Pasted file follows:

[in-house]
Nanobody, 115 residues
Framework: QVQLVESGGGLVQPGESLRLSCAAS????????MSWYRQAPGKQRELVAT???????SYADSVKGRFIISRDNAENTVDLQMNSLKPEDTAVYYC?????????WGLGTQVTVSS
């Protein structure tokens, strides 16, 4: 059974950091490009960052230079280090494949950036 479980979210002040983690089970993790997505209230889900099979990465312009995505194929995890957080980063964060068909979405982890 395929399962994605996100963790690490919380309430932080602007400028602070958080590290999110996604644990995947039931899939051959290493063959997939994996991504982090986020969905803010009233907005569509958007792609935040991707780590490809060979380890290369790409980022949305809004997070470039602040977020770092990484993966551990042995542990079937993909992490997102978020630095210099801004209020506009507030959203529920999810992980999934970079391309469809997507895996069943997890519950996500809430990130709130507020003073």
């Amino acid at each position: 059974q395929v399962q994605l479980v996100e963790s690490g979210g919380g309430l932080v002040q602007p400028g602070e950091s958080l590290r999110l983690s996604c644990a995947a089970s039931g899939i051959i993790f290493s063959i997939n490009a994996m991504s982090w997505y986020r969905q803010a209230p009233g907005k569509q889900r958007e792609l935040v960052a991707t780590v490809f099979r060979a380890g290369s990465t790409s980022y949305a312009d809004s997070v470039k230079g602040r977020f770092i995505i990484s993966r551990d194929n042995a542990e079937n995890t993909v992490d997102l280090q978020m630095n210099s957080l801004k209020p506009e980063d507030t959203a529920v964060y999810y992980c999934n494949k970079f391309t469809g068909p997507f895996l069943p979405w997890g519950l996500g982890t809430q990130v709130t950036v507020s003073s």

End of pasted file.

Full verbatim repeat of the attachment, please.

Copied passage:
[in-house]
Nanobody, 115 residues
Framework: QVQLVESGGGLVQPGESLRLSCAAS????????MSWYRQAPGKQRELVAT???????SYADSVKGRFIISRDNAENTVDLQMNSLKPEDTAVYYC?????????WGLGTQVTVSS
């Protein structure tokens, strides 16, 4: 059974950091490009960052230079280090494949950036 479980979210002040983690089970993790997505209230889900099979990465312009995505194929995890957080980063964060068909979405982890 395929399962994605996100963790690490919380309430932080602007400028602070958080590290999110996604644990995947039931899939051959290493063959997939994996991504982090986020969905803010009233907005569509958007792609935040991707780590490809060979380890290369790409980022949305809004997070470039602040977020770092990484993966551990042995542990079937993909992490997102978020630095210099801004209020506009507030959203529920999810992980999934970079391309469809997507895996069943997890519950996500809430990130709130507020003073």
């Amino acid at each position: 059974q395929v399962q994605l479980v996100e963790s690490g979210g919380g309430l932080v002040q602007p400028g602070e950091s958080l590290r999110l983690s996604c644990a995947a089970s039931g899939i051959i993790f290493s063959i997939n490009a994996m991504s982090w997505y986020r969905q803010a209230p009233g907005k569509q889900r958007e792609l935040v960052a991707t780590v490809f099979r060979a380890g290369s990465t790409s980022y949305a312009d809004s997070v470039k230079g602040r977020f770092i995505i990484s993966r551990d194929n042995a542990e079937n995890t993909v992490d997102l280090q978020m630095n210099s957080l801004k209020p506009e980063d507030t959203a529920v964060y999810y992980c999934n494949k970079f391309t469809g068909p997507f895996l069943p979405w997890g519950l996500g982890t809430q990130v709130t950036v507020s003073s």